Her first win came in 2008 at the Beijing Olympics, followed by a second gold medal in London in 2012. Solo is considered one of the greatest living female goalkeepers, breaking multiple records including the longest undefeated winning streak (55 games), most consecutive minutes played, and most wins in a sporting season.
Dana Vollmer - Swimmer, USA
At only 17, swimmer Dana Vollmer was diagnosed with a rare heart condition that could have destroyed her career. Many would've been discouraged, but Vollmer pressed on, choosing to have a heart defibrillator at the poolside instead. She went on to win thirty-two medals in international competitions.
At the 2004 Summer Olympics Vollmer won her first gold medal for the 4 x 200-meter freestyle relay. At the 2012 Summer Olympics, she broke the Olympic record for the 100-meter butterfly, winning three gold medals all up. She competed one last time before retiring in 2016, winning a gold, silver, and bronze respectively.
Simon Biles - Gymnast, USA
One of the most exciting up-and-coming athletes in the world right now, Simon Biles is currently the most decorated gymnast in the United States. She even coined her own move, known as “The Biles,” which she displayed at the 2016 Summer Olympics in Rio De Janeiro.
By 2020 Biles had laid claim to the most amount of world medals of any other living gymnast, an amazing achievement. At the Rio Olympics, she took home four gold medals and a bronze, the highest number of medals ever taken in women's gymnastics. It’s safe to say we are all waiting to see what she does next!
Alina Zagitova, Figure Skater - Russia
Considering she was named by her parents after Russian Olympic gold winner Alina Kabaeva, it only makes sense that Alina Zagitova went on to see such success in her sporting career. Young Alina found her love for figure skating at just four-years-old, after being encouraged by her father, who was a hockey coach at the time.
In 2018 Zagitova qualified for the Russian Olympic team and attended her first ceremony at the Pyeongchang Winter Olympics. There she won the gold for women’s singles figure-skating, breaking records as the youngest figure skater to win at only 16. The Russian team also won the silver for the team event.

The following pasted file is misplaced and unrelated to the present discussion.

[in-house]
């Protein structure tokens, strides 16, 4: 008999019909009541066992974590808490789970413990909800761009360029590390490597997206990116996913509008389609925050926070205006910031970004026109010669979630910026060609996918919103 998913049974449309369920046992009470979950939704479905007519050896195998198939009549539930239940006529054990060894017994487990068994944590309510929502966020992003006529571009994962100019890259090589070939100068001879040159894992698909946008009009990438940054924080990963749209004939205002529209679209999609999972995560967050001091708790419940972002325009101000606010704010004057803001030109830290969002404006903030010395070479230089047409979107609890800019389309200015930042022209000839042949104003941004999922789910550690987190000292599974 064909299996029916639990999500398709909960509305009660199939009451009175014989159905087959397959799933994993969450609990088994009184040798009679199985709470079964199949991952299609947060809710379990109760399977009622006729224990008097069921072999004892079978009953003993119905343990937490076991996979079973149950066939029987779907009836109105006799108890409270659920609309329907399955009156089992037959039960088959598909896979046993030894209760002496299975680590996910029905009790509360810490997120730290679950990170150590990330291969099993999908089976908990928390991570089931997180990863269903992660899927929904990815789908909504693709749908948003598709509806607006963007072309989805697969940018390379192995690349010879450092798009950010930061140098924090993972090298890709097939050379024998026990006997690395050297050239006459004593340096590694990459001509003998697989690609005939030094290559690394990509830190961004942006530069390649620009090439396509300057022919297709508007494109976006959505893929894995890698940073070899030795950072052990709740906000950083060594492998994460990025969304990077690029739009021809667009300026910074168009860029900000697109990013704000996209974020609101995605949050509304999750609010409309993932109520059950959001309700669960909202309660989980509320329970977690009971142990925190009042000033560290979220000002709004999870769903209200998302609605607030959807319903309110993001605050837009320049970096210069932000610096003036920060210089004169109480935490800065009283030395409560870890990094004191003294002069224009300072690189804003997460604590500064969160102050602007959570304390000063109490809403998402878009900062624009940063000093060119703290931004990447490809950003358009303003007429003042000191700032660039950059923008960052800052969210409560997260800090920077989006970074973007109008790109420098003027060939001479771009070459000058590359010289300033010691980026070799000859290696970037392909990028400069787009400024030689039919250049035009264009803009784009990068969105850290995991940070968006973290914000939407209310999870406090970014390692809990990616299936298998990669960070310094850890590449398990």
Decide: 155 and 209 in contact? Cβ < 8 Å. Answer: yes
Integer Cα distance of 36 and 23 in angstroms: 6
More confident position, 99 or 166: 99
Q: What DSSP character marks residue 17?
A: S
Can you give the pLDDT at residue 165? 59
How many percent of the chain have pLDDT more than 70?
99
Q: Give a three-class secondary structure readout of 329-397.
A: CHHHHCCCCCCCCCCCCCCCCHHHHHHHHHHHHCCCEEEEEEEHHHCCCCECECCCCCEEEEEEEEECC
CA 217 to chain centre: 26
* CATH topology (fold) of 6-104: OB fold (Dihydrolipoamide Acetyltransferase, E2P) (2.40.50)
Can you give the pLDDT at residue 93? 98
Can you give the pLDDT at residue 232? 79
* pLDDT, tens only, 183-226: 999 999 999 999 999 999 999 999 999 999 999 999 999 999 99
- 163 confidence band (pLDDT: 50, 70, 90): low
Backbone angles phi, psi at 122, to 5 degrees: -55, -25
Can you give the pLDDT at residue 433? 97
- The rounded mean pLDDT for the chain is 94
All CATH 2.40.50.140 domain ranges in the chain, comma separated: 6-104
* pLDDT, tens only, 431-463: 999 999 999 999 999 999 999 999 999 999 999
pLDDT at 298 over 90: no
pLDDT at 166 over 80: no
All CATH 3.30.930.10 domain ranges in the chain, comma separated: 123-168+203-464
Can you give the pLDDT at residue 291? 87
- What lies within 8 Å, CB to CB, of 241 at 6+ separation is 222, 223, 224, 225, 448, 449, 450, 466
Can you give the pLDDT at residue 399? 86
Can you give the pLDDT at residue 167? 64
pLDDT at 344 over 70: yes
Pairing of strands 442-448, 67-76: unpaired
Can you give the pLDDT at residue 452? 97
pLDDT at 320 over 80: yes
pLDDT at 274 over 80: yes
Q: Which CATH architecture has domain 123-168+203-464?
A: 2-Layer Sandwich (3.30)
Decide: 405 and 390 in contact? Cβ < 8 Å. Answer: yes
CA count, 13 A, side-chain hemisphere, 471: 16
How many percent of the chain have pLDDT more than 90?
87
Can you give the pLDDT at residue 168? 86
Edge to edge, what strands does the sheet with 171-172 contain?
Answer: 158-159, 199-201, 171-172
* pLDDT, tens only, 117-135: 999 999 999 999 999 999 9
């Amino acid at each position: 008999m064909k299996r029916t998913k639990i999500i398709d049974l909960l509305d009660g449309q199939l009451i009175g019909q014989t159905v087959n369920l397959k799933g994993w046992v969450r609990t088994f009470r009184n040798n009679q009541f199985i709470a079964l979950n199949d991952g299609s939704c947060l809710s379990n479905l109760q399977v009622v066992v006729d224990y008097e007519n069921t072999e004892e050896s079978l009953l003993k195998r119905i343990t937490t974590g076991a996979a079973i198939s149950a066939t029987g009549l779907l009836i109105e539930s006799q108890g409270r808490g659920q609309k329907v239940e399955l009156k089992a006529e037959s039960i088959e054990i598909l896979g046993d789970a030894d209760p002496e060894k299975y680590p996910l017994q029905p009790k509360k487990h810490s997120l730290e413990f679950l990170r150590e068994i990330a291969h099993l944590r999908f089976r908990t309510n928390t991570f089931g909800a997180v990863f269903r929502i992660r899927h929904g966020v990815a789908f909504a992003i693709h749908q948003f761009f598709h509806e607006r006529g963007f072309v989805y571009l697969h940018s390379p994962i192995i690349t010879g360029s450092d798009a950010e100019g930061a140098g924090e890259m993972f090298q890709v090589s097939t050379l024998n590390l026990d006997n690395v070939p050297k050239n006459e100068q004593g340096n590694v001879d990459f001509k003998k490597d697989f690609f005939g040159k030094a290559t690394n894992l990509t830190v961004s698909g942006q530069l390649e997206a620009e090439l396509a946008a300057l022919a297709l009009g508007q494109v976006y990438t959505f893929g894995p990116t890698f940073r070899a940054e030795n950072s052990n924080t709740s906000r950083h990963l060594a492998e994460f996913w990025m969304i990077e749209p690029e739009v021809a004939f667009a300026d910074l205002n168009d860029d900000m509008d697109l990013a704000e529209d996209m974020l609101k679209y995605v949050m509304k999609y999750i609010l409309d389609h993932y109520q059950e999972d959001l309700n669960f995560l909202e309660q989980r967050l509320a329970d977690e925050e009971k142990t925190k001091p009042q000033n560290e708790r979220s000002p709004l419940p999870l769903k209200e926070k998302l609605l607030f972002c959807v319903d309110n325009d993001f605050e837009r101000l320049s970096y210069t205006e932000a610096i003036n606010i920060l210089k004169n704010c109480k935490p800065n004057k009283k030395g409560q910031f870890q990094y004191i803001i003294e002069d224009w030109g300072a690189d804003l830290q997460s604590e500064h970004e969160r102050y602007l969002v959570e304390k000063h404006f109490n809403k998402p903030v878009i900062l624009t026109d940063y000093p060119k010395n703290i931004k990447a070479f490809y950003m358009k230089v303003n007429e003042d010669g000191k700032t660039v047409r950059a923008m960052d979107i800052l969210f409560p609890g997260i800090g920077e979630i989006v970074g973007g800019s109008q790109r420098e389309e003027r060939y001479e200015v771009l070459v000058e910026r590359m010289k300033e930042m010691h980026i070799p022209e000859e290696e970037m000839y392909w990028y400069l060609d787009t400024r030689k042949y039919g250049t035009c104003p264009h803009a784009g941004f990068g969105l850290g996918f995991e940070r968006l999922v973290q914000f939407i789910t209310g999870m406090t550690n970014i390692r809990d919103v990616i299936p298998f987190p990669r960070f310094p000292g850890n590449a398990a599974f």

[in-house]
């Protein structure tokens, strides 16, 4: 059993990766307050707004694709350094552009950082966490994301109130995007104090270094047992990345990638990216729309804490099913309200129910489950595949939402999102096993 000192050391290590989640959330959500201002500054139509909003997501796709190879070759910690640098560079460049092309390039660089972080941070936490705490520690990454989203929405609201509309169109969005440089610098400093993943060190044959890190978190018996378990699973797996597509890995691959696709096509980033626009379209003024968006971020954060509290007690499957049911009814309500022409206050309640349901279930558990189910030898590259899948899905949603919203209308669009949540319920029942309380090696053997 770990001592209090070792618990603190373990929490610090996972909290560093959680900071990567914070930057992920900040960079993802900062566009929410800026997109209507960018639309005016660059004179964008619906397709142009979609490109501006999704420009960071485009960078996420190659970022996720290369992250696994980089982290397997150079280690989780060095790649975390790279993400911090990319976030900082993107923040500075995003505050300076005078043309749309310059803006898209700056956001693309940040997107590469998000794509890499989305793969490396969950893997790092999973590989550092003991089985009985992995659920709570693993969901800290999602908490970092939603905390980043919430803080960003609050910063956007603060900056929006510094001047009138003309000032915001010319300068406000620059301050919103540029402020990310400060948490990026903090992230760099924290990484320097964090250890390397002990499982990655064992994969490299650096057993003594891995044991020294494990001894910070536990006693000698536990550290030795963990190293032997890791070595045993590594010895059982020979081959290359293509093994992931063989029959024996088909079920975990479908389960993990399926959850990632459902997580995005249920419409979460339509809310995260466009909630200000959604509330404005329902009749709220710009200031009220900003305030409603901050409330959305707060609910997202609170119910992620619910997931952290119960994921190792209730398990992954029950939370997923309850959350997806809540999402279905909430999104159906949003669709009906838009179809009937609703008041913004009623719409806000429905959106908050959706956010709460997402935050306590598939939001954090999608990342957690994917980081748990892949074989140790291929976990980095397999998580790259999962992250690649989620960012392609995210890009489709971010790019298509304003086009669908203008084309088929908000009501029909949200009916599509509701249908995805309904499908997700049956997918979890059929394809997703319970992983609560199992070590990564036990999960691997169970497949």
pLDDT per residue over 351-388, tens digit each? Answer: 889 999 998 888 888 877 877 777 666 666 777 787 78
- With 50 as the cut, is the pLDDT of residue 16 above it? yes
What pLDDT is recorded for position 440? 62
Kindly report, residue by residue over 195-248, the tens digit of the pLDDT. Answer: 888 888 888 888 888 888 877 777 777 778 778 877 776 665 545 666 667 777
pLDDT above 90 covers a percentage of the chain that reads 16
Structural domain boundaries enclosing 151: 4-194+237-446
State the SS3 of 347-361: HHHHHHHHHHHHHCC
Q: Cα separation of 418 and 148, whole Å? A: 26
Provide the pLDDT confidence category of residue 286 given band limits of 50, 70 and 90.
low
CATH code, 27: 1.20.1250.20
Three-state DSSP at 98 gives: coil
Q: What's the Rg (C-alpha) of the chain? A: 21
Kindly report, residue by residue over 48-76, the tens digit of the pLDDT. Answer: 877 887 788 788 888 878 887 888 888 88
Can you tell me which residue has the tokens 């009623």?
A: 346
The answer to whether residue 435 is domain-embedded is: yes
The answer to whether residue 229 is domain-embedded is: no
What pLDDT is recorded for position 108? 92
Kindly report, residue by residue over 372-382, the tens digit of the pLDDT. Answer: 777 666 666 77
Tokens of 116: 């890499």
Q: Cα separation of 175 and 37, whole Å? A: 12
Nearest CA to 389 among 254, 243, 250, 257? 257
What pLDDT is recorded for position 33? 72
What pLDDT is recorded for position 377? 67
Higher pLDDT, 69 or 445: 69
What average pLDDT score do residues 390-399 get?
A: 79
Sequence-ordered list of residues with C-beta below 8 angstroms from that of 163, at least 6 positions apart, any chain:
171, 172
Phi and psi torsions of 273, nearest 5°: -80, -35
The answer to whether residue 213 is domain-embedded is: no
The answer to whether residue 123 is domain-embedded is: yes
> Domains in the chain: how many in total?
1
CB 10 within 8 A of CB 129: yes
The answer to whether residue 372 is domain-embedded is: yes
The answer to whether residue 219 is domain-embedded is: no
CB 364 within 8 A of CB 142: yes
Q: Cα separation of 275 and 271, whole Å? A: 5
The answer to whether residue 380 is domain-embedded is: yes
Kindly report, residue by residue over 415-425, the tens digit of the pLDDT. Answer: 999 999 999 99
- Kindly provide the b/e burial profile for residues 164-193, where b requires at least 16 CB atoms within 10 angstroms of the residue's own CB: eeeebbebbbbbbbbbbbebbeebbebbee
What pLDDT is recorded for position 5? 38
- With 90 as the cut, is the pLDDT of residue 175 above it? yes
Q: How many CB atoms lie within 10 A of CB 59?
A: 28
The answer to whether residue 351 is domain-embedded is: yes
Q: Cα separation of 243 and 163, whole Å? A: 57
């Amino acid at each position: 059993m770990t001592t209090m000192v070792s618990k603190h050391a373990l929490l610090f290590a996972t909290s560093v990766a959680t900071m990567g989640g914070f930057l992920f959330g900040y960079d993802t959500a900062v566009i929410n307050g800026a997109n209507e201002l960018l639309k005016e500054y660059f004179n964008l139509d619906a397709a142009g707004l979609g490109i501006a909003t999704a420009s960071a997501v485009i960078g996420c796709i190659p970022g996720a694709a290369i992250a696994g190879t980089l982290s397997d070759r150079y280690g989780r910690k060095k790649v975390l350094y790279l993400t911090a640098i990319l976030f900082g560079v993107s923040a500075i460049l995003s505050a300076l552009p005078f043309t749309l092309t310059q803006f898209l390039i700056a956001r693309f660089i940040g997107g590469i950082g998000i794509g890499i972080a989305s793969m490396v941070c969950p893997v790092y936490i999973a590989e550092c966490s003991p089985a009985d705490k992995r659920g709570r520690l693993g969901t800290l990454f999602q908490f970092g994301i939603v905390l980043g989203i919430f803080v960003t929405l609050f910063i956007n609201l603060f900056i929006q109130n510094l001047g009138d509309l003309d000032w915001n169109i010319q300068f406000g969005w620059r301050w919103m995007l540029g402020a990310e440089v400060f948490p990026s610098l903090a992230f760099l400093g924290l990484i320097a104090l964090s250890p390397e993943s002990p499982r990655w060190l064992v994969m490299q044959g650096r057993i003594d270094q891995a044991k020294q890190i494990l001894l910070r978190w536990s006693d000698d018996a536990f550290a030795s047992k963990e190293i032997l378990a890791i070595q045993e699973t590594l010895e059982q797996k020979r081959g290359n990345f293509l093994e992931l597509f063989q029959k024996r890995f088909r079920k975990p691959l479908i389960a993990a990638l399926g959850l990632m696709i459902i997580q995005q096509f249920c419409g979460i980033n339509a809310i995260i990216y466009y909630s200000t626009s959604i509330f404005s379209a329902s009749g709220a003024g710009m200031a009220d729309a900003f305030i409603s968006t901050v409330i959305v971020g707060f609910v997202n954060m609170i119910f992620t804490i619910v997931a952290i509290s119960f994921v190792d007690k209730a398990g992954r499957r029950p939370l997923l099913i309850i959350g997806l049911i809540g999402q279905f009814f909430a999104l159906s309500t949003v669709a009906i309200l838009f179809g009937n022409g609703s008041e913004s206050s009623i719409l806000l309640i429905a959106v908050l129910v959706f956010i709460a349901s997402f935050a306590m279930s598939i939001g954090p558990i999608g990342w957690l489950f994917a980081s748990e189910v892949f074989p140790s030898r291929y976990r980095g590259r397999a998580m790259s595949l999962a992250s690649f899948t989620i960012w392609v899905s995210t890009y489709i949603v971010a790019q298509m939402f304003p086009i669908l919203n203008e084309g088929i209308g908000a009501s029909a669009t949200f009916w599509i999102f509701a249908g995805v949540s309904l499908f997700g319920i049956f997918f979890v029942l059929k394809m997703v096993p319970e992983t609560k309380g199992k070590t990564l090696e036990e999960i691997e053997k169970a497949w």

Marianne Vos, Cycling - Netherlands
Marianne Vos was drawn to cycling as a child after watching her older brother compete as a professional cyclist. She soon made her own name in cycling, competing in national championships as a teenager. She qualified for her first Olympic competition in 2008, representing the Netherlands at the Summer Olympics in Beijing.
There she took the gold for the women’s points race event. Due to that race, she became the first woman ever to be a world champion in the road, track, and cyclo-cross. In 2012 she won her second gold medal for the road race at the London Olympics. By 2016, she came in 9th place at the same road race in Rio.
Kristina Vogel, Track Cyclist - Germany
Born in Kyrgyzstan, Kristina Vogel emigrated with her family as a toddler. By 17 years old she was already representing Germany on the world stage as a junior cycling champion. By the time she made it to the Olympic games, she had already won track cycling championships around the world.
During her debut at the 2016 Summer Olympics in Rio, Vogel won a gold medal in the women’s sprint and a bronze medal for the women’s team sprint. Sadly in 2018, Vogel was involved in a collision with a Dutch cyclist. The accident has left her unlikely to compete in the 2020 Olympics.
Shelina Zadorsky – Soccer, Canada
A stunningly prolific soccer player, Shelina Zadorsky has been showcasing her skills around the world for over a decade. She has played professional soccer in the Australian W-League, for the Swedish club Vittsjö GIK, US club’s Washington Spirit and Orlando Pride, and various teams in her home country of Canada.
She also represented Canada in the FIFA Women’s World Cup in 2008 and 2012, making her a top pick for the 2016 Olympics in Rio de Janeiro. Not only did she compete, but she played the entirety of her team's last four games, helping to win the bronze medal for Canada’s National Women’s Soccer Team.
Eugenie Bouchard – Tennis, Canada
This tennis protege was making a name for herself well before she reached the Olympic stage. In fact, Eugenie Bouchard was the first Canadian tennis player to reach the singles Grand Slam at Wimbledon in 2014, one of the world's most prestigious sporting events.
That same year she reached the Australian Open and French Open semi-finals, and also became the first Canadian tennis player to rank in the top five. At the 2016 Summer Olympics in Rio, she was sadly defeated but is hoping to make a comeback at the next competition.